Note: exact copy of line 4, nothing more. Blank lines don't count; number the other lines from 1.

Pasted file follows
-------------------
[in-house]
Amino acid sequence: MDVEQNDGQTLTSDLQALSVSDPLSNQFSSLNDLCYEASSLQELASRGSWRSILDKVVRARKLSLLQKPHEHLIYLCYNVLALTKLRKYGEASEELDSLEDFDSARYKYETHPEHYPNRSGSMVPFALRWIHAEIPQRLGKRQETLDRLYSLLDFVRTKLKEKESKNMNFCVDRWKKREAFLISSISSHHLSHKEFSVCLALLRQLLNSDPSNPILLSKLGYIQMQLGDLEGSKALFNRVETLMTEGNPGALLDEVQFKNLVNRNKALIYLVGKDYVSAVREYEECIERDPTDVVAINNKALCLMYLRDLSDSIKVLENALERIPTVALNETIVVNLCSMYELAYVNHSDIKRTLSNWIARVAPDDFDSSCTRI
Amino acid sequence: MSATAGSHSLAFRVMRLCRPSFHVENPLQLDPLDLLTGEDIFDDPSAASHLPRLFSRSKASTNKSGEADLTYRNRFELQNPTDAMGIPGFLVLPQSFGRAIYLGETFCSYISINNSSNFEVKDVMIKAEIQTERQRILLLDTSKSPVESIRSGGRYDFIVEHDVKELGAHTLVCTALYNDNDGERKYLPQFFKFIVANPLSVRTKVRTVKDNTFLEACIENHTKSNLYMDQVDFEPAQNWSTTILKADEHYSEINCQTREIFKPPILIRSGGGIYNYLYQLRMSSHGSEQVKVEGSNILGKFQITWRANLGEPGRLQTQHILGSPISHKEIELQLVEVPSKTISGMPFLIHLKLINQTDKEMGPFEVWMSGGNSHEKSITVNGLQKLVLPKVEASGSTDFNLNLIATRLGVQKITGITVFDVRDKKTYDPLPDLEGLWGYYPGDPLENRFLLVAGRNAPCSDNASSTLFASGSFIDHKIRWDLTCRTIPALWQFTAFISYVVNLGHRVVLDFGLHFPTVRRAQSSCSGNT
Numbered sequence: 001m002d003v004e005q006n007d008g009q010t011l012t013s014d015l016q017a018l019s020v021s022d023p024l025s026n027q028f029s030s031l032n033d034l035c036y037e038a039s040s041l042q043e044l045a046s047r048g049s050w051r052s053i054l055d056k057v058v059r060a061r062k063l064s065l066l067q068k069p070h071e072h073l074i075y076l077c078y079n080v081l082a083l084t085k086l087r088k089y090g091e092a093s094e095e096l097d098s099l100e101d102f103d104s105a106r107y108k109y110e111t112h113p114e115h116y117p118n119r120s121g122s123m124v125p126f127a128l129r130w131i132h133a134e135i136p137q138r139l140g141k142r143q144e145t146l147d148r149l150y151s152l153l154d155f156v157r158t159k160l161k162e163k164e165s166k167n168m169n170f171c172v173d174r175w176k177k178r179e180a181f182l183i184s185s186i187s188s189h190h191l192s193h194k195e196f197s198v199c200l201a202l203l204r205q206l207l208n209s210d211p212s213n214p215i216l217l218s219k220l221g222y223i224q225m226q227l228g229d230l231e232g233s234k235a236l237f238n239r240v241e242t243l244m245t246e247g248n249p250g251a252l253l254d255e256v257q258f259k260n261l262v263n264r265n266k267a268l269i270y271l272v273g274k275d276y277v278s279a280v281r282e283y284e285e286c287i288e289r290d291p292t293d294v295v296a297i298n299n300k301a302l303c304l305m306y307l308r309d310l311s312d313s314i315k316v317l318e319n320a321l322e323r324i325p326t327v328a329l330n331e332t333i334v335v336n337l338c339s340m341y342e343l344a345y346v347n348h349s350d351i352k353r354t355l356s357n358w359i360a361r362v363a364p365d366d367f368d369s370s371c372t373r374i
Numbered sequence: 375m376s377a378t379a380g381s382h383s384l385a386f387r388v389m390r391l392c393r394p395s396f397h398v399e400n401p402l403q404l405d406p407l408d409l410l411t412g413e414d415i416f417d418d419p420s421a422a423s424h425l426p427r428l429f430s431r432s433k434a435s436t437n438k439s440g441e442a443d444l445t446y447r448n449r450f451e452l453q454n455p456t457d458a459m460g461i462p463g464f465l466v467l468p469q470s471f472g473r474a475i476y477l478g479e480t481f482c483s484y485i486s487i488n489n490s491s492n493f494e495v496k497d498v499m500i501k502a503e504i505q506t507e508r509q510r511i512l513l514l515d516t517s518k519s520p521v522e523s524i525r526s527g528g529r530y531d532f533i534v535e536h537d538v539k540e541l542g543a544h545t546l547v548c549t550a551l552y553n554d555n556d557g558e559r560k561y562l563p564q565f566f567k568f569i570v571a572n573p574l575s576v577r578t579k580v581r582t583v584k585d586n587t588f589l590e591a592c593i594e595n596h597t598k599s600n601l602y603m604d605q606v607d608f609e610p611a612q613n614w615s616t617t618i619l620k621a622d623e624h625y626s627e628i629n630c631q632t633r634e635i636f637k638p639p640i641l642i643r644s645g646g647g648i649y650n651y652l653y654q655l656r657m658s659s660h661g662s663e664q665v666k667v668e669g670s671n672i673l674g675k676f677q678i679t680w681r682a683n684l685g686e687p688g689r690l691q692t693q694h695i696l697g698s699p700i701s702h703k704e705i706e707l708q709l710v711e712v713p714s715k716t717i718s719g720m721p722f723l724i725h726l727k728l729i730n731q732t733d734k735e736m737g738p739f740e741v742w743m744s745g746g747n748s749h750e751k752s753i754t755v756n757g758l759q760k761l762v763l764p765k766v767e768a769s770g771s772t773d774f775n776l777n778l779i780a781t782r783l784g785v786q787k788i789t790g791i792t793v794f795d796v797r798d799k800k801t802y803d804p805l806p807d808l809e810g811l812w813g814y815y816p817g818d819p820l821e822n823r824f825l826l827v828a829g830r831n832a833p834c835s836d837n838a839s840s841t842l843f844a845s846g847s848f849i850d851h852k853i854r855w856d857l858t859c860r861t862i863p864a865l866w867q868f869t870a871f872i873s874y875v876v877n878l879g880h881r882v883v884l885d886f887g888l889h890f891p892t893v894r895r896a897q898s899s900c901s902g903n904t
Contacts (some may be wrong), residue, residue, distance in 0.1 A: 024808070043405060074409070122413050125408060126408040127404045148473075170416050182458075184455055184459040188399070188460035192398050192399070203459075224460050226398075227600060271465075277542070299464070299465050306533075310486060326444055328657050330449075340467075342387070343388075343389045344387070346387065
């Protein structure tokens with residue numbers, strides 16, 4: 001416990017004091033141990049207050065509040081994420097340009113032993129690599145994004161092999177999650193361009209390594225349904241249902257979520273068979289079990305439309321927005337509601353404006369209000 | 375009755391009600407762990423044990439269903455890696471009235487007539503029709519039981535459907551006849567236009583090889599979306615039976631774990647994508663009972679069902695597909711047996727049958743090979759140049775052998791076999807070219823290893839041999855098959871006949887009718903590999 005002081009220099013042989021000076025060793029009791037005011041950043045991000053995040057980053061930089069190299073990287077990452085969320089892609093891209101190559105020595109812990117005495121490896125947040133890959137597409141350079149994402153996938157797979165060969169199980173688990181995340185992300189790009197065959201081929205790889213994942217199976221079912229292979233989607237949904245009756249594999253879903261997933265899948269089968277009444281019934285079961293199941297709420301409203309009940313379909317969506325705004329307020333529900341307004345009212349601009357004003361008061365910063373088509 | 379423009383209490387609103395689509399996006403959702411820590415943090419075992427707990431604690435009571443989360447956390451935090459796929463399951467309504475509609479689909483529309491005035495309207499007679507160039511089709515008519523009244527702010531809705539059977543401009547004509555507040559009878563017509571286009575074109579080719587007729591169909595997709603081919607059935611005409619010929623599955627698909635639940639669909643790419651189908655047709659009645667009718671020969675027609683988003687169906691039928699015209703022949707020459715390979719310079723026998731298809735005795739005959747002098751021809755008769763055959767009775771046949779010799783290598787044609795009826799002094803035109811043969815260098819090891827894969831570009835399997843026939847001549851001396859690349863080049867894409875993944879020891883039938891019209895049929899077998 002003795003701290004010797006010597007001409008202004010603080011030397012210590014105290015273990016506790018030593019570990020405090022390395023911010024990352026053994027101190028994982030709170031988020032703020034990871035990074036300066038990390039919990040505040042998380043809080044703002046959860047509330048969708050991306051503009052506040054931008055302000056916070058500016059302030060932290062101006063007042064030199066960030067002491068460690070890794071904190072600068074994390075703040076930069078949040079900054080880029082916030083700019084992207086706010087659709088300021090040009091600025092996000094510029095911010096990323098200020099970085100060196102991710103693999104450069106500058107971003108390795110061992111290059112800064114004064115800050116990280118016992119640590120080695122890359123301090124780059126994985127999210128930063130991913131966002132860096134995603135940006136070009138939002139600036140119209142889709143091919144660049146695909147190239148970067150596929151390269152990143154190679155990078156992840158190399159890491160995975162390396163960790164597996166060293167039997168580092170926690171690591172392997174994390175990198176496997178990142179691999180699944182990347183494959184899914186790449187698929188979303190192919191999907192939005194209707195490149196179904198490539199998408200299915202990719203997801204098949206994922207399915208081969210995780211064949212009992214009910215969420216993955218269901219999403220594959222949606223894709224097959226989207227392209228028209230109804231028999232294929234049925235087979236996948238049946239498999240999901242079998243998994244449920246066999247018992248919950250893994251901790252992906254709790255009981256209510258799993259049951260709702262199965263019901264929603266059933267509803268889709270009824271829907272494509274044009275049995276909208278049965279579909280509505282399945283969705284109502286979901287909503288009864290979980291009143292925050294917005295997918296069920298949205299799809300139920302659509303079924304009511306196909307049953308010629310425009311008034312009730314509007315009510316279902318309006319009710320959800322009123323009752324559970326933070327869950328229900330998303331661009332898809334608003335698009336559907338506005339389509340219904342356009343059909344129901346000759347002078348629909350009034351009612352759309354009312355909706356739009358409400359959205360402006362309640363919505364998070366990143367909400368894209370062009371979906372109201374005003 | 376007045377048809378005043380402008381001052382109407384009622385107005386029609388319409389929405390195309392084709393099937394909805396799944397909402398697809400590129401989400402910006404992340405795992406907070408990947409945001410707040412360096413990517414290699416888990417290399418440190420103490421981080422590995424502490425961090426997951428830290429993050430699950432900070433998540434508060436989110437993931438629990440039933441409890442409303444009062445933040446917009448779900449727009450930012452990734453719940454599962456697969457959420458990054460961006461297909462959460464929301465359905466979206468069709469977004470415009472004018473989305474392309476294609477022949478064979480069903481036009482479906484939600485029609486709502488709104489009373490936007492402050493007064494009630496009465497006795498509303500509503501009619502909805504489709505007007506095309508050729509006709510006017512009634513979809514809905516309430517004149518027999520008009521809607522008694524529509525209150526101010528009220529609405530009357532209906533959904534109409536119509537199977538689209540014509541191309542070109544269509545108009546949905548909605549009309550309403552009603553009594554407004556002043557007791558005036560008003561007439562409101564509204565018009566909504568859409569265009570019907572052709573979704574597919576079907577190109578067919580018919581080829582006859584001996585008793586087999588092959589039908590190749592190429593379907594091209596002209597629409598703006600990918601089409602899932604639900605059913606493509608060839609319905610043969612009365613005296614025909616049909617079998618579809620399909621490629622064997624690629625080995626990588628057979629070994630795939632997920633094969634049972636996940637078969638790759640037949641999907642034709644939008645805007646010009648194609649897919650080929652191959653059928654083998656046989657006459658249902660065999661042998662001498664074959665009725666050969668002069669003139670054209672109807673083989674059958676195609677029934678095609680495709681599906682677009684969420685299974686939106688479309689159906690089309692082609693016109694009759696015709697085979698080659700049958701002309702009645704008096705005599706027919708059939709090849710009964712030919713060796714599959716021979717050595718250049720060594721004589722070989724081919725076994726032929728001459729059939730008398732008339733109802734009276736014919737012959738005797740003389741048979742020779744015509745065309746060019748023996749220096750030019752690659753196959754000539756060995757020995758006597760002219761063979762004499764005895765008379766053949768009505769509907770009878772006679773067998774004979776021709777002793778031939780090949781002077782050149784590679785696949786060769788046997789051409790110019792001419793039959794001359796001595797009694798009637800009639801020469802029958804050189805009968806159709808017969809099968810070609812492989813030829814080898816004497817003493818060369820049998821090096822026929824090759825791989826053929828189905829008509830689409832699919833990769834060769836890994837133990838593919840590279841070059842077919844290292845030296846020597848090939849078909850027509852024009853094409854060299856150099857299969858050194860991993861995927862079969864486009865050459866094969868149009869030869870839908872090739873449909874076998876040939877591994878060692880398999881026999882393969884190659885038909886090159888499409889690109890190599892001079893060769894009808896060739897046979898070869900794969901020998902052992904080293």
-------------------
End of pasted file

Numbered sequence: 001m002d003v004e005q006n007d008g009q010t011l012t013s014d015l016q017a018l019s020v021s022d023p024l025s026n027q028f029s030s031l032n033d034l035c036y037e038a039s040s041l042q043e044l045a046s047r048g049s050w051r052s053i054l055d056k057v058v059r060a061r062k063l064s065l066l067q068k069p070h071e072h073l074i075y076l077c078y079n080v081l082a083l084t085k086l087r088k089y090g091e092a093s094e095e096l097d098s099l100e101d102f103d104s105a106r107y108k109y110e111t112h113p114e115h116y117p118n119r120s121g122s123m124v125p126f127a128l129r130w131i132h133a134e135i136p137q138r139l140g141k142r143q144e145t146l147d148r149l150y151s152l153l154d155f156v157r158t159k160l161k162e163k164e165s166k167n168m169n170f171c172v173d174r175w176k177k178r179e180a181f182l183i184s185s186i187s188s189h190h191l192s193h194k195e196f197s198v199c200l201a202l203l204r205q206l207l208n209s210d211p212s213n214p215i216l217l218s219k220l221g222y223i224q225m226q227l228g229d230l231e232g233s234k235a236l237f238n239r240v241e242t243l244m245t246e247g248n249p250g251a252l253l254d255e256v257q258f259k260n261l262v263n264r265n266k267a268l269i270y271l272v273g274k275d276y277v278s279a280v281r282e283y284e285e286c287i288e289r290d291p292t293d294v295v296a297i298n299n300k301a302l303c304l305m306y307l308r309d310l311s312d313s314i315k316v317l318e319n320a321l322e323r324i325p326t327v328a329l330n331e332t333i334v335v336n337l338c339s340m341y342e343l344a345y346v347n348h349s350d351i352k353r354t355l356s357n358w359i360a361r362v363a364p365d366d367f368d369s370s371c372t373r374i